Brussels is expected to delay full implementation of the measure and weaken some provisions
EU leaders have reportedly softened their proposed legislation on imposing a price cap on Russian oil exports. Full implementation of the policy will now be delayed, and key shipping provisions weakened, Bloomberg reported on Wednesday, citing an internal document.
EU ambassadors are set to meet on Wednesday, seeking to approve the measure after discussions with allies, two weeks before the price cap is scheduled to take effect.
Brussels has reportedly proposed adding a 45-day transition period to the punitive measure. Under the plan, the grace period would apply to crude loaded before December 5, when oil-related sanctions come into effect, and unloaded by January 19. The alterations align the bloc to a clause previously announced by the US and UK.
If the proposal is approved, the EU and the Group of Seven rich nations could confirm the cap as early as Wednesday. Under the provision, Western companies would be banned from providing insurance, brokering and financial assistance to vessels loaded with Russian crude, unless the cargo is purchased below an agreed price.
The price limit reportedly under consideration ranges between $40 and $60 a barrel, which could allow Russia’s production to remain at pre-sanctions levels, but reduce its oil revenue. The currently debated cap would likely be slightly above that, according to people familiar with recent talks, as cited by the agency.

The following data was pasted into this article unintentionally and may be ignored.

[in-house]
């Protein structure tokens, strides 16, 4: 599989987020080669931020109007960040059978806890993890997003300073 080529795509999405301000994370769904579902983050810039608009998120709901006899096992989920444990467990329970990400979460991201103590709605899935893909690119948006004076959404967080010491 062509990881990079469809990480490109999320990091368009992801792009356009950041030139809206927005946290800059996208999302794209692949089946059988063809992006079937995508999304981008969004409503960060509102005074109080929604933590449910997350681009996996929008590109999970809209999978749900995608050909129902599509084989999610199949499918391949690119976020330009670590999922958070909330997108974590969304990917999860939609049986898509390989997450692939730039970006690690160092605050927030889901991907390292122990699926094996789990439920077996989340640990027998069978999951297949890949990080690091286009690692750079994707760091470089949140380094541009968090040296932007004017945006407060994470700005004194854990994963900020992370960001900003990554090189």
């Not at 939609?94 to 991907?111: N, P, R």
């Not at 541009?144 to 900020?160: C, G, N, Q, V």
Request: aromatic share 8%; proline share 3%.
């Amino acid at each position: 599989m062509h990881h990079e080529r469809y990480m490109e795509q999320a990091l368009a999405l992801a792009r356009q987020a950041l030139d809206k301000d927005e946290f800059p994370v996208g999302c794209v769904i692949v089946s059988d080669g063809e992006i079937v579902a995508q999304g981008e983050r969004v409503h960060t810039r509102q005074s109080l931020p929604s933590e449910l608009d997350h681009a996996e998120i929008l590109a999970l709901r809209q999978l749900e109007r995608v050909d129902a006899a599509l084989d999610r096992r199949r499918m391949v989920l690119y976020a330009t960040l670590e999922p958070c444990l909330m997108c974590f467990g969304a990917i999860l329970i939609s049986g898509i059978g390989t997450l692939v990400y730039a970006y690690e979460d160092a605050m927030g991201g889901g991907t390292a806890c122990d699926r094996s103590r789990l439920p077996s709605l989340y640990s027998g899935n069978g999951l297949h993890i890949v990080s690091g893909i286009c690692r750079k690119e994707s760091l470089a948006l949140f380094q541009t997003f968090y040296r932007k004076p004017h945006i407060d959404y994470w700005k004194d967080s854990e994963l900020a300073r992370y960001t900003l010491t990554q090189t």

The paper seen by Bloomberg also states that transporters that “intentionally” ship Russian crude oil or petroleum products above the cap will be banned from receiving services related to the transport of Russian fuel “for 90 days following the date of unloading of the cargo purchased above the price cap.”
In addition, Brussels is reportedly planning to introduce a 90-day transition period in the event of any future changes to the level of the price limit.
The ceiling would be set using historical price data for Russian crude and the current situation on global oil markets, a senior US Treasury official told the agency, adding that the price could be revisited as frequently as every few months.
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